A civil step to marriage equality
PROVIDENCE, RI – On Independence Day, Rhode Islanders can celebrate our state's embrace of a first step towards full marriage equality for our gay citizens.
After a tortuous debate, the Rhode Island General Assembly has finally approved legislation that grants our gay citizens the right to civil unions.
Making civil unions legal was a compromise that has made neither side of this emotion-laden issue happy. Proponents of marriage equality see civil unions as a cop-out, particularly for an overwhelmingly Democratic Assembly that has a gay House Speaker in Gordon Fox.
Supporters of same-sex marriage were also upset to see that New York adopted full gay marriage after Governor Andrew Cuomo lobbied hard for approval. As was the case with Rhode Island Gov. Lincoln Chafee, Cuomo campaigned in support of gay marriage. Unlike Chafee, he fought hard for it after his election.
The opponents of Civil Unions, most prominently Roman Catholic Bishop Thomas Tobin, aren't pleased either. Tobin blasted the measure, saying it makes a ``mockery of marriage'' and undermines the ``faith of the church'' and will cause ``scandal and confusion.''
The bishop is entitled to his opinion, of course, but there is nothing in the legislation that bars his church from teaching Adam and Eve or forces it to marry Adam and Steve. Rhode Island's overwhelmingly Catholic lawmakers didn't follow church teaching as they voted for civil unions, but they did refuse to approve full marriage equality, which the bishop lobbied against.
Could it be that a new generation of buffet Catholics pick and choose what church teachings to obey. Maybe they soured on the church hierarchy because of the failure to contain the pedophile priest scandals or because of the bishops' opposition to the national health care plan approved by Congress.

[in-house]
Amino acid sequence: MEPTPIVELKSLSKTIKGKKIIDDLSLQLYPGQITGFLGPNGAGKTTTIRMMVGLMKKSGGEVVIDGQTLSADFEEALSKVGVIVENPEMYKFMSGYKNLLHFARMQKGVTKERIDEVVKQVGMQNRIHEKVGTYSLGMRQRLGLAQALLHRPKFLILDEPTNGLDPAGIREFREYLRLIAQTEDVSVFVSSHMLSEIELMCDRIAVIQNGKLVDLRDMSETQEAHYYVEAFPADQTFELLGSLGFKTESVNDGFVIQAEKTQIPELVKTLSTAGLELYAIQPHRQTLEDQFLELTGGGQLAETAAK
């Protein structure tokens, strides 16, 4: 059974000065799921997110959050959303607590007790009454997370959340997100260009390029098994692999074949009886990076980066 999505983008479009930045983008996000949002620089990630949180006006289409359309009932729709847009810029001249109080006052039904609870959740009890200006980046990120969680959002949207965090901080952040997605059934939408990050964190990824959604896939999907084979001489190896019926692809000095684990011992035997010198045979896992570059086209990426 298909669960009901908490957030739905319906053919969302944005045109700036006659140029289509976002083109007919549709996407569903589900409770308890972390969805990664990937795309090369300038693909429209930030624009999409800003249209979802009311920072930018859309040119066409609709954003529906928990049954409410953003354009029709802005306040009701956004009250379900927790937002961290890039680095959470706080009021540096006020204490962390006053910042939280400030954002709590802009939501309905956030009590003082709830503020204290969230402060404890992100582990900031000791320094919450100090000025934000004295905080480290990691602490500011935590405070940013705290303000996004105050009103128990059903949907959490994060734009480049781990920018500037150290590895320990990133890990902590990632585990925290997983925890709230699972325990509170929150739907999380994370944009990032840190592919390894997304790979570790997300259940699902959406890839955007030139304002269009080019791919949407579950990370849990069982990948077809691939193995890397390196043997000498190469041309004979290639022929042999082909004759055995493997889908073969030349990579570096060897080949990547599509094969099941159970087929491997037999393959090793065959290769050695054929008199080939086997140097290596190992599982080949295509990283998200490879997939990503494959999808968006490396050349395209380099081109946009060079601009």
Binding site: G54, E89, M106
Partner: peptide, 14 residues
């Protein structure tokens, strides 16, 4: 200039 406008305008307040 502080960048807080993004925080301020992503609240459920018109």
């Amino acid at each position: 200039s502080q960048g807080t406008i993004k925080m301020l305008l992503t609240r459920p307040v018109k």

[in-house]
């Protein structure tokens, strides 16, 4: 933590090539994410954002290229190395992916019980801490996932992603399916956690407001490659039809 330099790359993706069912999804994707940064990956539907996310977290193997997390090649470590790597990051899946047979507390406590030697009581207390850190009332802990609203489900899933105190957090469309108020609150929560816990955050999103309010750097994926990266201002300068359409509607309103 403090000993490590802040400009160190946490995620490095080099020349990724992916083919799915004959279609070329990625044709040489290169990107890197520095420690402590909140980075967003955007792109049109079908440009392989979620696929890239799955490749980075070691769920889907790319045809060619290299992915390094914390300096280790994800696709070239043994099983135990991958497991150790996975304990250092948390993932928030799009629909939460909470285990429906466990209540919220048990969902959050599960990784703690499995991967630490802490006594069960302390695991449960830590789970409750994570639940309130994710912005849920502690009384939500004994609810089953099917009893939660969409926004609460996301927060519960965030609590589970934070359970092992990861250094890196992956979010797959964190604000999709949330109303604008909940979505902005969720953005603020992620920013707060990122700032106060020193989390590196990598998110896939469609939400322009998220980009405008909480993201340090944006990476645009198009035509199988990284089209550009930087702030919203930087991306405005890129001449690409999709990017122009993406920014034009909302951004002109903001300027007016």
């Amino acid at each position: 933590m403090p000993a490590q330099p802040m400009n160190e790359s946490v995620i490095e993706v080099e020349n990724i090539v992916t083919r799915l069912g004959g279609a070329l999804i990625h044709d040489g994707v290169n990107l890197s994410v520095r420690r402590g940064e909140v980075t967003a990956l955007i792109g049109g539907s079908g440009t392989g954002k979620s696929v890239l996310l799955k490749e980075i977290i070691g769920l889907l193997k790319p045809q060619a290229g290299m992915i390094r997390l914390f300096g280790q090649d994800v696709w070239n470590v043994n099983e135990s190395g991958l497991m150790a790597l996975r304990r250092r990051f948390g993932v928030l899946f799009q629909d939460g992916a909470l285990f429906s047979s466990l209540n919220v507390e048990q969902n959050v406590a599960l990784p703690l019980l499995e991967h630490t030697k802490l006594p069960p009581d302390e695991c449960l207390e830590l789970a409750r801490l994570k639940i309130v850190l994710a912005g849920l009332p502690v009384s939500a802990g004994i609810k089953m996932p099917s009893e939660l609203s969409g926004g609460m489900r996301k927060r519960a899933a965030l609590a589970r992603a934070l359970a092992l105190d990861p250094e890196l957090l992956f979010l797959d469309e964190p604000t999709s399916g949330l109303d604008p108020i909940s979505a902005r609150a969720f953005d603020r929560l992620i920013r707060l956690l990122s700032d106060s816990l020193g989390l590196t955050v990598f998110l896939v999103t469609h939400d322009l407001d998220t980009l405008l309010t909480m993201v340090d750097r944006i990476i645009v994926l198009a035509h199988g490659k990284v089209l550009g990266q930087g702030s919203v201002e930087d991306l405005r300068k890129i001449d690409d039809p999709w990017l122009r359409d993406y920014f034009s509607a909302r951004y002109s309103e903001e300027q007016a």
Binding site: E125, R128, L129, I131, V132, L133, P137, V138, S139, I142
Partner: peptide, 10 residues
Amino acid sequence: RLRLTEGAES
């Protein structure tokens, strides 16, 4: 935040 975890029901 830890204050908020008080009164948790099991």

Chafee can be faulted for not being strong enough on an issue he highlighted in his inaugural address. But Rhode Island isn't New York. Sixty-three percent of our state's voters are Catholic, the nation's highest percentage. And we have the sixth highest percentage of citizens over age 65. Bishop Tobin deserves credit for a vigorous lobbying effort at the State House that helped turn the tide against full marriage equality. And the immoveable object this year was Senate President Teresa Paiva Weed, the Newport Democrat who refused to support full gay marriage rights. She gets to defend her stance to voters next year.
New England has been in the forefront of the marriage equality movement. Every state in the region, except Maine, has now legalized gay unions.
After a tortuous debate, the Rhode Island General Assembly has finally approved legislation that grants our gay citizens the right to civil unions.And if neither side in Rhode Island got everything they wanted, well, isn't that what democracy is all about?
Approval of civil unions is a solid first step toward full marriage rights. Three of our neighboring states that now have full marriage equality - Connecticut, Vermont and New Hampshire - started with civil unions. Public opinion surveys on this issue show rapid movement, especially among younger voters, to support for marriage equality.
If the experience of our New England neighbors is relevant it means that in the near future Rhode Island will enact full marriage equality. Has anyone who travels among our cozy corner of the northeast noticed anything different about Massachusetts, Vermont, Connecticut or New Hampshire since those states enshrined gay marriage into law?
How will heterosexuals be affected by gay civil unions? Here's betting very little, except that you may get more wedding invitations now that your gay friends can legally tie the knot. Have a happy Fourth.
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